The Most Common Nutrient Deficiencies
Many working Americans spend long hours at their desks but don’t pay attention to their nutrition. Forgive yourself for breaking your diet or indulging in your favorite “unhealthy” foods from time to time. However, you should make sure that you are keeping up proper nutrition. This will help your work performance and overall quality of life. Here are a few nutrients that many of us have deficiencies in (taken from MindBodyGreen.com):
Vitamin D is vital for healthy bones. But in addition, research suggests that it also plays a central role in your immune function, insulin resistance, and blood pressure.
This is unfortunately a very common deficiency, especially if you live in a colder climate or you don’t spend much time in the sun. There are some foods that contain vitamin D, but if you’re deficient, you’ll probably want to consider supplementing with vitamin D. Look for vitamin D3; research suggests that is the most effective form.
According to the World Health Organization, iron deficiencies are the most common and widespread nutritional disorder in the world. Iron is essential for your body to make hemoglobin (Hgb), which is what makes your red blood cells red. Iron supplements can be tricky, since they can cause digestive upset or nausea, but if you look for a form called iron bisglycinate, you’ll know you’re getting a well-tolerated and well-absorbed form of iron.
Scientists and health experts are getting behind the health benefits of the wonderful fats in avocado, coconut oil, nuts, and seeds every single day. But of all the beneficial fats we should be consuming, omega-3 polyunsaturated fatty acids (found in fish oils) might be the most important. Eicosatetraenoic acid (EPA) and docosahexaenoic acid (DHA) are the two primary omega-3s that support healthy heart and brain function, a healthy inflammatory response, and healthy blood sugar and triglycerides—just to name a few.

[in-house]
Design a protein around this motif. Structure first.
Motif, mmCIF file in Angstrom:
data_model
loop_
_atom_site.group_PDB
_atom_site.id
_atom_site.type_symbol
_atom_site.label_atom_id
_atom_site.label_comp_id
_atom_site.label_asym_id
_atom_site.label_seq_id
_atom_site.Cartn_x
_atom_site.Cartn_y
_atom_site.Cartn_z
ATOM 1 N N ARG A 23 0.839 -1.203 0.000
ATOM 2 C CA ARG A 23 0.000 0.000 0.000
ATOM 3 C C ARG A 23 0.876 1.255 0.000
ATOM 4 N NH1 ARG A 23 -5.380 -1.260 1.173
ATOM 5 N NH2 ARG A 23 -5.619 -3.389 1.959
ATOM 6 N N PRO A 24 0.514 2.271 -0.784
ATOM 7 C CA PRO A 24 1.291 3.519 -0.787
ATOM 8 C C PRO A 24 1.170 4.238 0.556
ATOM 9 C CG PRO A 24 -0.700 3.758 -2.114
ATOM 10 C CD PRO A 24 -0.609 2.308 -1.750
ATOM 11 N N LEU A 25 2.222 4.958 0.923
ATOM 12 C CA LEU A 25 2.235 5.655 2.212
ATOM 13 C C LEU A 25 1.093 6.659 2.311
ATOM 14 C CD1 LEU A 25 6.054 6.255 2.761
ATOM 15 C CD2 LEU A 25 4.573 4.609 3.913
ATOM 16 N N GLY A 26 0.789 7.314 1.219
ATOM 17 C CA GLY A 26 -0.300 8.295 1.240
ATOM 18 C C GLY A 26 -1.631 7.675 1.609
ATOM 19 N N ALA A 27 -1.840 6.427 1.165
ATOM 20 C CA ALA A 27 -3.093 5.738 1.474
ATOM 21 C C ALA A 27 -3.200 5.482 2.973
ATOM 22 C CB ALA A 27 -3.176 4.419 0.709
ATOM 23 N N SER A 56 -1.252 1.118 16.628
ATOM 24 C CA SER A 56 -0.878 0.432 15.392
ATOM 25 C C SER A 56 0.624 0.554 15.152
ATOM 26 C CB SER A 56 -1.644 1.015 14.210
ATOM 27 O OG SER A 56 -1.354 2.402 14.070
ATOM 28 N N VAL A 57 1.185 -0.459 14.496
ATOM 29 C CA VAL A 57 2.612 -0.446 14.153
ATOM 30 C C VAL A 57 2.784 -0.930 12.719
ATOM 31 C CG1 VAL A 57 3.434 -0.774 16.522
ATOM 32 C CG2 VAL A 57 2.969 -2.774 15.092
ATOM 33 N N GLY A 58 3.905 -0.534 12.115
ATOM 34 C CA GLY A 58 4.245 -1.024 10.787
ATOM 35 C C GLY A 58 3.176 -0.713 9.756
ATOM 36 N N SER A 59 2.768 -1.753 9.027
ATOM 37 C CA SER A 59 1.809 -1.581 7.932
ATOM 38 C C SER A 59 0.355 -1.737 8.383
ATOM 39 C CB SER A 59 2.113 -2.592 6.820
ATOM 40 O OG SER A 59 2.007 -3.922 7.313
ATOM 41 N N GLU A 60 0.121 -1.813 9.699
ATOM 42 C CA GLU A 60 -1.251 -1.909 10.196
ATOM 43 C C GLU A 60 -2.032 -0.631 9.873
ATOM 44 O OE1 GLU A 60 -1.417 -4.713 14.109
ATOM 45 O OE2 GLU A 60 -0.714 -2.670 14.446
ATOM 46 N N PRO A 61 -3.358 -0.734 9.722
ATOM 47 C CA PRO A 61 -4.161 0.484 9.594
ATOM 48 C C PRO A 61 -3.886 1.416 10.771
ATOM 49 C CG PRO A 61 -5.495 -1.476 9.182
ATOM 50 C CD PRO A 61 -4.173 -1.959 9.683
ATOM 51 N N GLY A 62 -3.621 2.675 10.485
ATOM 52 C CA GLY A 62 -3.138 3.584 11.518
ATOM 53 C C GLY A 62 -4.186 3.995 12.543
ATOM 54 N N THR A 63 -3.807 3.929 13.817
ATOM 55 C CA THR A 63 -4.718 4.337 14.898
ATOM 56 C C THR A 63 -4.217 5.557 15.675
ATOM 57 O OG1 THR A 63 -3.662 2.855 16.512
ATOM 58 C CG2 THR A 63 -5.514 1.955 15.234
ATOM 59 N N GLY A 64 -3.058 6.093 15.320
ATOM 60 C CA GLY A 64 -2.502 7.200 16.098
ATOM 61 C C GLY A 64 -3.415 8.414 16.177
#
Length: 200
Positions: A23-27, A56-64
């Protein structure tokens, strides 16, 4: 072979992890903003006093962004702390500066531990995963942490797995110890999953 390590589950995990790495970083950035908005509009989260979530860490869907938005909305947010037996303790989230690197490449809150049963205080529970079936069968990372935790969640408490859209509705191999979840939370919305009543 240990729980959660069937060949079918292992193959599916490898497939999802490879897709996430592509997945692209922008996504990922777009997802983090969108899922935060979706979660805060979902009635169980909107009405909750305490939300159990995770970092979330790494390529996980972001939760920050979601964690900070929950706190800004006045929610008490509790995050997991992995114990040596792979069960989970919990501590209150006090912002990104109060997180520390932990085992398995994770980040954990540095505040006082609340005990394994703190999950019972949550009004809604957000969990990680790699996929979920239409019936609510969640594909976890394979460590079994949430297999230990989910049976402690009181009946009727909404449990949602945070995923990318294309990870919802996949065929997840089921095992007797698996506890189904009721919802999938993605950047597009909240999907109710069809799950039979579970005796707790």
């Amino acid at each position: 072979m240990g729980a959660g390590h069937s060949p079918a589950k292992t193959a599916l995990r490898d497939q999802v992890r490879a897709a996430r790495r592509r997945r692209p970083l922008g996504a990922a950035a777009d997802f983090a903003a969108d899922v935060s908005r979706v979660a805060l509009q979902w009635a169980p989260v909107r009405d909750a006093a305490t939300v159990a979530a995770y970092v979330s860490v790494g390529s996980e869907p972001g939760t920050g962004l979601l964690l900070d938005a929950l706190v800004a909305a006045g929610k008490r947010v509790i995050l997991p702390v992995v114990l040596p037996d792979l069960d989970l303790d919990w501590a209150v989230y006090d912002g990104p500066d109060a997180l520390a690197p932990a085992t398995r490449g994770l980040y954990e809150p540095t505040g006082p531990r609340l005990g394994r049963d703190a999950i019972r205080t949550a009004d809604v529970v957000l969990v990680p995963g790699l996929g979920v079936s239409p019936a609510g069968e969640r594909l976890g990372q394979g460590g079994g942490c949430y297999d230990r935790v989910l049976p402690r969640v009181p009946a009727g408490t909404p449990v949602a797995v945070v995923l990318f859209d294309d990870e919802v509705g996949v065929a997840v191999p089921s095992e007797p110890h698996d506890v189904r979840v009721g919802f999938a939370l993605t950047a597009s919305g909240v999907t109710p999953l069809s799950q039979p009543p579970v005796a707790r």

We hear a lot about vitamins C, D, and even E, but what do you know about vitamin K? If you’re like most of the world, probably not a lot. This underrated nutrient is important for everything from artery elasticity and bone mineral density to metabolism. Taking a high-quality vitamin K supplement can support all of these aspects of your health and more.
There are a lot of B vitamins, so it can be confusing to know which ones are the most important and what combo you might need to take. Each one is different, but they all work together in the body to support energy production and neurological function. Taking a blend can take out all the guesswork.
Magnesium has gotten a lot of attention lately—and for good reason! This mineral is used in hundreds of biochemical reactions in the body and plays a role in the health of your heart and blood vessels, brain, bones, skeletal muscles, lungs, and pancreas, just to name a few. Many people take this "relaxation mineral" to help the body handle stress and promote GI regularity. The form magnesium bisglycinate has glycine that helps with the solubility and absorption of Mg in the GI tract. Plus, the better absorbed it is, the less likely it will cause a laxative effect.